Then Jagger recalled that Andy Warhol had remarked to him at a party in 1969 that he thought it would be amusing to have an album cover feature a real zipper. There are differing accounts regarding the initial idea. Some credit songwriter Bob Goldstein, claiming that he proposed the idea for the cover of the soundtrack to Warhol’s 1968 film Lonesome Cowboys. Goldstein wrote the title track, which is sometimes credited as being the very first ‘disco’ arrangement, and an entire LP was conceived, but never completed. Singer and Factory Superstar Ultra Violet has suggested that the idea was Warhol’s and was intended for the film’s promotional poster.
The Stones agreed that the image of a pair of jeans and zipper would allow the band to retain their ‘outrageous’ aura, but shift things away from the violent and “satanic” imagery, or what Braun called “the evil thing”.
Warhol is credited with cover concept and photography, though some suggest Billy Name might’ve been behind the camera. Many assumed the cover model was Jagger, which he later denied:
Rolling Stone Magazine: There’s underwear on the back. Is that you?
Mick Jagger: No. It’s one of Andy’s… protégés is the polite word we used to use, I think.
Among the possible candidates, Jed Johnson, Warhol’s lover at the time, denied it was his likeness, although his twin brother Jay was considered a possibility. But according to Warholstars site user, Stylissmo:
“Jay Johnson famously has only one testicle, Jed wasn’t built like that… Corey Tippin was well known for his endowment… and was also known – along with his friend, the illustrator Antonio Lopez, for ‘showing basket’ – a real 70’s kind of gay display that involved bulging crotches in tight jeans. Attendees at the Sticky Fingers release party mention that of the aforementioned possible models for the cover – only Corey Tippin was at the party. At any rate all this has been told to me in various pieces by Jay Johnson, Corey Tippin, Jane Forth, Paul Caranicas (director of Antonio’s estate) and other characters who are still friends and living in and around New York.” Also known as Corey Grant, Tippin was the make-up artist for Andy Warhol’s L’Amour (1973) and Jay Johnson’s best friend.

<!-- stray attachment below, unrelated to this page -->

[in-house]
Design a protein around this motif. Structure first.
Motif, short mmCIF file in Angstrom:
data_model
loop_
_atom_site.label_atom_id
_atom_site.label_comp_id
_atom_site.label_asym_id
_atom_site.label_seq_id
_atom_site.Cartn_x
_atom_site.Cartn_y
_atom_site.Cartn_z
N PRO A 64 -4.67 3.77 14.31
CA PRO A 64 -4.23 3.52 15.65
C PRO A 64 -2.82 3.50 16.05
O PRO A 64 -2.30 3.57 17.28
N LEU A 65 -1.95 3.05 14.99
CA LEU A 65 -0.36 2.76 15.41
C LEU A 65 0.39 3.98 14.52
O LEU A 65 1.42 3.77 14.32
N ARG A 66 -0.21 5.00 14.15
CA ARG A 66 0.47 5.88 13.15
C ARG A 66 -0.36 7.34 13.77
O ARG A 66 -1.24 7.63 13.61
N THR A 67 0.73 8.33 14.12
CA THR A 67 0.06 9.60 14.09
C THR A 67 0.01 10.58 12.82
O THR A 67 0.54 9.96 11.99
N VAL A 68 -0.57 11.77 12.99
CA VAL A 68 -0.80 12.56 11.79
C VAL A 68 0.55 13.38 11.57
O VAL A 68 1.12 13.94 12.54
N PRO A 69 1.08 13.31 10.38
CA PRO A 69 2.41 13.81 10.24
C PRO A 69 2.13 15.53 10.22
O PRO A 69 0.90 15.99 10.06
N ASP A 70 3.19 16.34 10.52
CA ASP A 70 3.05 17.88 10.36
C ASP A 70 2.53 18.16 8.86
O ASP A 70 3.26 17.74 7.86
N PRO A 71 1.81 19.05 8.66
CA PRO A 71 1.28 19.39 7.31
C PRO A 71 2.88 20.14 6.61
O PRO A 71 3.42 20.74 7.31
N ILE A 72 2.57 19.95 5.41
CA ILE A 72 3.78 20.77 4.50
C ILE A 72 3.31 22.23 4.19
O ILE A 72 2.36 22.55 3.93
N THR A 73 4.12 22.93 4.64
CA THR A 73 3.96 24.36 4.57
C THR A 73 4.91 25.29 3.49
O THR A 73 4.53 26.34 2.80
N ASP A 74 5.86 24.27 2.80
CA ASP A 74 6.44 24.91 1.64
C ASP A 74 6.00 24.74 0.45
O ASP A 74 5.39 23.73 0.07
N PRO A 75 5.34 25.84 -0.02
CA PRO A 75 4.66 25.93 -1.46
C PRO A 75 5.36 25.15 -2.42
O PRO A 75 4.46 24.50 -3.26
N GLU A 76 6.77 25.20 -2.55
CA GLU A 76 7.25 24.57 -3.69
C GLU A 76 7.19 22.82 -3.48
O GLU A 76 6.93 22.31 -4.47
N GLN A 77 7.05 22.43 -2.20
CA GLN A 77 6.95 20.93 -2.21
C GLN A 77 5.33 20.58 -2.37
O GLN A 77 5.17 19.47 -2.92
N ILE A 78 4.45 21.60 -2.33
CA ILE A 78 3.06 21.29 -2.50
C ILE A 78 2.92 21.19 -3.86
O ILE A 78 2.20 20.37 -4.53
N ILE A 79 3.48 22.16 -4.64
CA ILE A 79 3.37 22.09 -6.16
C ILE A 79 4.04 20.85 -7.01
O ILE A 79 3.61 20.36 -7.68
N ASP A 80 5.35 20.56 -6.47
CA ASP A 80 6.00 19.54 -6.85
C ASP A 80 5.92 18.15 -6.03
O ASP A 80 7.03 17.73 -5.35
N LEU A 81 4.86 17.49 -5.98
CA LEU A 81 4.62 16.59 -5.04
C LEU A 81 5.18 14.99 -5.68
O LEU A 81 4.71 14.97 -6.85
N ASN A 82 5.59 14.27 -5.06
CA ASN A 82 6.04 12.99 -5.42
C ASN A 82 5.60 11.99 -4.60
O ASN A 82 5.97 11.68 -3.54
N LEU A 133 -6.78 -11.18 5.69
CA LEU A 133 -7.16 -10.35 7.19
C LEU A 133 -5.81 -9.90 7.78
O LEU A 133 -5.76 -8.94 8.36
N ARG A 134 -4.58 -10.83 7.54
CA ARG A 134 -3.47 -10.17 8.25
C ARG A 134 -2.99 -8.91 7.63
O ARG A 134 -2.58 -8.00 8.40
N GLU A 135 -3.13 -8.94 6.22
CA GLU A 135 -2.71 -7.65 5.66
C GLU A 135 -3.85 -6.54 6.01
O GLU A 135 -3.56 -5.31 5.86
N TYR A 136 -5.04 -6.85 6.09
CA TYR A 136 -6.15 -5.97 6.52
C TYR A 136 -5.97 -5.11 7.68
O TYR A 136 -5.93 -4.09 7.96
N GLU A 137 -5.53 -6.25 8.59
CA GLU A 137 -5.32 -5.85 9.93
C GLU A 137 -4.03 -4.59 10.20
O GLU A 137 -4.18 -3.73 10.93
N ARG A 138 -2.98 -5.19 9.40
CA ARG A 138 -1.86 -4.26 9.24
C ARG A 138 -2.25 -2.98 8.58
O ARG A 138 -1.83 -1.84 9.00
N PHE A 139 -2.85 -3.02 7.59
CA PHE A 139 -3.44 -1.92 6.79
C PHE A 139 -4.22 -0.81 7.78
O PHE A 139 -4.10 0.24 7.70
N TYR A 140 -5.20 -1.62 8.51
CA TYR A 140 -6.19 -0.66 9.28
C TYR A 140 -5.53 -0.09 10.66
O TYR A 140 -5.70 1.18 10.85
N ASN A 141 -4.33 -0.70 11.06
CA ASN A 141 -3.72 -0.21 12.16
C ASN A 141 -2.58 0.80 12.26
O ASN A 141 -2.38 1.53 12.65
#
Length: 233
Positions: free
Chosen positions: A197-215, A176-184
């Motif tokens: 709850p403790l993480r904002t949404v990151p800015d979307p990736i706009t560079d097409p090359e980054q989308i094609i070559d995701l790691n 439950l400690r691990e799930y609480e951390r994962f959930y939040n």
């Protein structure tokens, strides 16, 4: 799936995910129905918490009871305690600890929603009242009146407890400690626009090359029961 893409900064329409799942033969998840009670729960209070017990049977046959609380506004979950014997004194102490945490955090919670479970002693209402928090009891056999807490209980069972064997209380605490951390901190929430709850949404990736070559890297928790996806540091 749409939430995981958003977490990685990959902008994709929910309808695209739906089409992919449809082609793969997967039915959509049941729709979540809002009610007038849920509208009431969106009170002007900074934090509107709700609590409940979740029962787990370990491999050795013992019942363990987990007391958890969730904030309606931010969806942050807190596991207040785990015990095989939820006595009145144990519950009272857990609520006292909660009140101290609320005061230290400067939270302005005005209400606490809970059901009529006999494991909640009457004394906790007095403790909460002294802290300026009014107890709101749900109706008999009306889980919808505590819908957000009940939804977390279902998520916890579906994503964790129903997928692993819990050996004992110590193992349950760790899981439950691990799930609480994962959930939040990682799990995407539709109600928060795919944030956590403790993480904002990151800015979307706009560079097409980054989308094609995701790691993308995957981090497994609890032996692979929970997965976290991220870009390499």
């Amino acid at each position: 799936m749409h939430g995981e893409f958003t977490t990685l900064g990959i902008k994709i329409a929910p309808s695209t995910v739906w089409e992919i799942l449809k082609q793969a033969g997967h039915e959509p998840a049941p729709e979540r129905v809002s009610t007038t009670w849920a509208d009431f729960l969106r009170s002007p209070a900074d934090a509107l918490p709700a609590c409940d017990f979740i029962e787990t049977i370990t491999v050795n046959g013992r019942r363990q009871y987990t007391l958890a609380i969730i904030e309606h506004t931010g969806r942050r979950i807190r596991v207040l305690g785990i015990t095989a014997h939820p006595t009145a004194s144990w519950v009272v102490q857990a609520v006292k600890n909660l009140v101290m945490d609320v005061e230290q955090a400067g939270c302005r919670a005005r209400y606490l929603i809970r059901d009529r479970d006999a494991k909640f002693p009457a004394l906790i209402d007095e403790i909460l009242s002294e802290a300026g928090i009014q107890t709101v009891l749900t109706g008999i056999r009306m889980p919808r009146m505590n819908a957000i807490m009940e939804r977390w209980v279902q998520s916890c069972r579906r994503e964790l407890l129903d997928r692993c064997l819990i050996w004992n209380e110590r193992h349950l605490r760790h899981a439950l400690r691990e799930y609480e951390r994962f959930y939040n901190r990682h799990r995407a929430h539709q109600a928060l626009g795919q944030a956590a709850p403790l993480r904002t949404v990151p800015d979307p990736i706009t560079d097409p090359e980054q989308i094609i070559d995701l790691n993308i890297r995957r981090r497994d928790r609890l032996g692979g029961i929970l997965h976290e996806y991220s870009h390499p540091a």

Factory Superstar Ultra Violet believes that dancer Eric Emerson “who used to walk around the Factory half-naked” is the cover model.
Art writer and early editor of Warhol’s Interview magazine, Glenn O’Brien’s has also been named as possible model. He recalls: